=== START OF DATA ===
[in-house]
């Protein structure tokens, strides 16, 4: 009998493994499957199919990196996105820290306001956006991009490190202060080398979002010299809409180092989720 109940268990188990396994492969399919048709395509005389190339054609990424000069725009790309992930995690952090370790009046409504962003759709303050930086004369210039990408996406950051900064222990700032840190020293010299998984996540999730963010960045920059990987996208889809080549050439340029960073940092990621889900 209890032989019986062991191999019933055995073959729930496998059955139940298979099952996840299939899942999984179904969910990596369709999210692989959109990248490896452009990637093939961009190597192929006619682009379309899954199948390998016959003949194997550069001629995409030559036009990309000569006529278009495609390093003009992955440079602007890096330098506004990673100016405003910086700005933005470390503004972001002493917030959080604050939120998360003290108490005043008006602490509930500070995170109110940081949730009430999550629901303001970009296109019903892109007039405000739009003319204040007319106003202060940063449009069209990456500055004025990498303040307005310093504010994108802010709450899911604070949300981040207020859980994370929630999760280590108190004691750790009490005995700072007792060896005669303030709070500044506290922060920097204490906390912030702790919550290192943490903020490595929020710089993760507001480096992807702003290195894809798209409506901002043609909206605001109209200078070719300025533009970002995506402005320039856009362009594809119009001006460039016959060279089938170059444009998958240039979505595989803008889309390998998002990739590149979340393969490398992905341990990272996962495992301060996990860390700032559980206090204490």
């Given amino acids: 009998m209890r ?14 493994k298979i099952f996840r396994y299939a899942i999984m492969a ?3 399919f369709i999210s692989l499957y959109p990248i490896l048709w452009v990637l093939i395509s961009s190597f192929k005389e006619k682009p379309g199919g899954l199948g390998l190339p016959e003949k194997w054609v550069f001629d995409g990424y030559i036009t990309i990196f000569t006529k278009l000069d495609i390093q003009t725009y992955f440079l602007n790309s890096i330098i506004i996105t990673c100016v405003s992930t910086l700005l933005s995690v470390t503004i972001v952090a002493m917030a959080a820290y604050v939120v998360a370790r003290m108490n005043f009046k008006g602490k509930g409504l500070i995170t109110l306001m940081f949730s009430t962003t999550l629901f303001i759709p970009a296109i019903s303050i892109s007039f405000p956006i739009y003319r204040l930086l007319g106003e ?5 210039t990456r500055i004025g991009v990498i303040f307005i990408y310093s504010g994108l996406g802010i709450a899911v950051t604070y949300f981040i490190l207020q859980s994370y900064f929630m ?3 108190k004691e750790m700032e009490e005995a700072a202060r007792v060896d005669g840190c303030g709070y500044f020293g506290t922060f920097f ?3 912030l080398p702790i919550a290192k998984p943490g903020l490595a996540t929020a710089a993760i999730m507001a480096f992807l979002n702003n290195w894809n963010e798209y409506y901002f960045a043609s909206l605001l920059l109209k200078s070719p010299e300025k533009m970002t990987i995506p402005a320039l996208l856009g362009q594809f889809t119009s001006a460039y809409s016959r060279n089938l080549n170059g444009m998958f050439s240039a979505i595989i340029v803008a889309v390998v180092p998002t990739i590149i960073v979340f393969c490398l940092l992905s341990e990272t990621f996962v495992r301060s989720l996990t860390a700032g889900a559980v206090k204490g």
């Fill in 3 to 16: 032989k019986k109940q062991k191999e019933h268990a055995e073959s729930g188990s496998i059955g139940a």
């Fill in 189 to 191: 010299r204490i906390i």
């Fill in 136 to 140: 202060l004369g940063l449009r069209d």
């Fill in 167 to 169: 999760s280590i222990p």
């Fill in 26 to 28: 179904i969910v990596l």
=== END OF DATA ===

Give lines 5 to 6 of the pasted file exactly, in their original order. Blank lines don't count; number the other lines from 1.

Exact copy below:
């Fill in 189 to 191: 010299r204490i906390i």
């Fill in 136 to 140: 202060l004369g940063l449009r069209d």